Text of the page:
In Tartus, a small port city and former Phoenician settlement on the Mediterranean, Mohammed S. has completely different problems. An Internet journalist, he is trying to conduct research while avoiding the local authorities. He has chosen to write about a sensitive topic: the recent political murders in Syria. Understandably enough, the man has no interest in seeing his name in print. He works at the risk of his own life.
In February, Imad Mughniyah was killed by a car bomb on a Damascus street. For years, there had been rumors that the high-ranking Hezbollah terrorist was living in Syria under a false name, after plastic surgeons had altered his appearance. Mughniyah had apparently long enjoyed the protection of the powers that be. Israeli intelligence was suspected of having performed the strike, which was executed with a high degree of professionalism. Mughniyah had been at the top of the Mossad’s most-wanted list.
In early August, Syrian Brigadier General Mohammed Suleiman was shot on the beach near Tartus. The attackers had arrived by sea and used silencers with their weapons. Suleiman was believed to be the head of the secret Syrian weapons of mass destruction program and a close confidant of Assad. He was preparing for a trip to Tehran when he was killed. Mohammed S., the investigative reporter, is firmly convinced that the Israelis were involved. But he also believes that he can prove that precise information about the locations of the two prominent murder victims stemmed from someone close to Assad.
But isn’t this an overly bold theory, the notion that Assad cooperated with the Israelis? What could have possessed him to do this?
“The trail will not lead all the way to the presidential palace,” says Mohammed. “But the interests are clear. Assad is seeking to distance himself from the most radical members of his environment. In addition to the two men, he has also neutralized the provocative intelligence chief, his brother-in-law Assaf Shaukat, in a less irrevocable way, by having him placed under house arrest. And in recent days he has told his close advisors that he plans to deport Khalid Mashaal, the head of Hamas for many years. He is expected to move his base from Damascus to Khartoum in Sudan.”
Western diplomats in Damascus have confirmed Shaukat’s removal from power, but Mashaal’s banishment remains unconfirmed. However, Mohammed S. believes that there is a grand plan: Assad complies with Western wishes, and in return he gets loans worth billions and closer relations with the European Union. The journalist has not decided yet whether, and when, he plans to publish his story. And how does the Aga Khan feel about this fascinating, often contradictory Syria, buzzing with rumors?
The spiritual leader of the Ismailites spent six days traveling through the country. During his journey, he spoke to an audience of more than 100,000 people in Salamieh, the stronghold of his religious community. He signed contracts to develop educational institutions, hospitals and microloan organizations. He dedicated the citadel in Aleppo, which had been magnificently restored with the help of his organization. Most importantly, however, he met twice with the Syrian president, whom he has known for seven years. “Assad has matured as a person and as a politician,” says the leader of the Ismailites. “The West should not alienate him, and it should respect Syria for what it is: a nation with a great culture.” But why has there been so little progress when it comes to domestic political reforms? “Assad wants to avoid domestic instability and chaos at all costs. And when it comes to foreign policy, he has successfully expanded his range.”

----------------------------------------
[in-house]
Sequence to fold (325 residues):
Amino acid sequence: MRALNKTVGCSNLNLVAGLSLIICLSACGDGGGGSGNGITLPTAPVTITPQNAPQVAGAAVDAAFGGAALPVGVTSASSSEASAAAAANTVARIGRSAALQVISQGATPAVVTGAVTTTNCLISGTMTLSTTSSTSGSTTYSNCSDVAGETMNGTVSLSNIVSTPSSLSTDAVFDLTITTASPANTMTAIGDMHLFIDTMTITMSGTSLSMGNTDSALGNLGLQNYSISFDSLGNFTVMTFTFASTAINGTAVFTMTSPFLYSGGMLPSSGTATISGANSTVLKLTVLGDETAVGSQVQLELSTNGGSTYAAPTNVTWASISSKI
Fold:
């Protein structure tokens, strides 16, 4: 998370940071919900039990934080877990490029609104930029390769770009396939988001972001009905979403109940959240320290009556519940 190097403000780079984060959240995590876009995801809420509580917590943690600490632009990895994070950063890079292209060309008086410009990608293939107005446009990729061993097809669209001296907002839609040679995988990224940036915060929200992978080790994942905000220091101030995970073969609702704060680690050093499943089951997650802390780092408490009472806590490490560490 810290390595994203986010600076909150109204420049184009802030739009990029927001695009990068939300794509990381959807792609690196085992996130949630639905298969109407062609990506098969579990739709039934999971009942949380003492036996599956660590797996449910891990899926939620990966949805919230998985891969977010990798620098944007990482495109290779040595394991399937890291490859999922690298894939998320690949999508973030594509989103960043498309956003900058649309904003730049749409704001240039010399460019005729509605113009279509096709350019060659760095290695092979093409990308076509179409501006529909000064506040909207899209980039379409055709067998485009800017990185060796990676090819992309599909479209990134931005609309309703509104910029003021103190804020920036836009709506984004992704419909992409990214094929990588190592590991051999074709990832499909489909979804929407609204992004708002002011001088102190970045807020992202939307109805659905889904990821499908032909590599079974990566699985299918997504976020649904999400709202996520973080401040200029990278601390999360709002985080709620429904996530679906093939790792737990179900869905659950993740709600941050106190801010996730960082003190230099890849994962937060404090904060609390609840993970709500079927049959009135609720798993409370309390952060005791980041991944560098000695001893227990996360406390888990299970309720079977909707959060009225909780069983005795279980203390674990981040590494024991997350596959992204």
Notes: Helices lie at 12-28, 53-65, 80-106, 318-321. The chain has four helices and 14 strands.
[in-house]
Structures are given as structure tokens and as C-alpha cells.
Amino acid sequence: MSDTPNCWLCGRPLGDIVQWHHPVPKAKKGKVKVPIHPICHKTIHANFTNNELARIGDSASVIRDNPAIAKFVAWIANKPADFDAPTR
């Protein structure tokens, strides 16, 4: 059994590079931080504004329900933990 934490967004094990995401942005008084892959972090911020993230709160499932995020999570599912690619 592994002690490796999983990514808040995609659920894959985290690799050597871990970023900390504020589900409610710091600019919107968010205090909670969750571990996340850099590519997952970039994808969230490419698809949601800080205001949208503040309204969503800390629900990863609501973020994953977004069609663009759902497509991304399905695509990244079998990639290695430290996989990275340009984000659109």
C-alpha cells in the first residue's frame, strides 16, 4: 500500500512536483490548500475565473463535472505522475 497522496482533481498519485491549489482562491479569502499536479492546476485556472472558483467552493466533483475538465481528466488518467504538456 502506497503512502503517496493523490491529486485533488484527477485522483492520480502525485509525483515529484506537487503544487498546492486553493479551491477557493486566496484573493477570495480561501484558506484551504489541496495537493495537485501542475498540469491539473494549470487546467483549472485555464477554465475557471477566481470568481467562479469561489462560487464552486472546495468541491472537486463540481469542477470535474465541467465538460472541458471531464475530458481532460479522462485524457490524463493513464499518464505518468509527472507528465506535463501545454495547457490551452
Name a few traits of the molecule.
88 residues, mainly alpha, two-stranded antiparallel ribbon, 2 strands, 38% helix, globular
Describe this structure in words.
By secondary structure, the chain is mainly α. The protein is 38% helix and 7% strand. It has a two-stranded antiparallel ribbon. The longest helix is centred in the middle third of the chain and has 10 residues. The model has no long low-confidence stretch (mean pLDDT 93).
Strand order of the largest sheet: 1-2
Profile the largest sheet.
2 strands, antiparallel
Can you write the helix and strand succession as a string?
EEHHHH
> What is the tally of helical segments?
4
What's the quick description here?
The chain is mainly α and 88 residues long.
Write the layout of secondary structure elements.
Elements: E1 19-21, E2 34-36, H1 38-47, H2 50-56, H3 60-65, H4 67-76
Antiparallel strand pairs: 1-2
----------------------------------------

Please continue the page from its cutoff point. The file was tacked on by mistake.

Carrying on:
Is Syria truly prepared to make amends with Israel and establish diplomatic relations with its archenemy? “Yes, people would accept this today. I believe that it will happen within no more than two years,” says the Aga Khan, a gentle revolutionary who believes Syria is “on the right path.”
But will it be possible to “democratize” this country domestically and, in terms of foreign policy, to liberate it from the grip of hardliners in Tehran? “There can be no war in the Middle East without Egypt and no peace without Syria,” former US Secretary of State Henry Kissinger once said.
The Syrian president moved up another notch on the international ladder in early September, when French President Sarkozy repaid Assad’s visit to Paris. It was the first state visit by such a high-ranking Western politician in Damascus in five years. The next day, the two men met with Turkish Prime Minister Recep Tayyip Erdogan and the Emir of Qatar. Assad, who described the talks as “highly productive,” suggested that further rapprochement with the West was in the works and expressed his desire for direct negotiations with Israel.
But the Syrian president made no commitments. The tide could just as easily shift once again.
Translated from the German by Christopher Sultan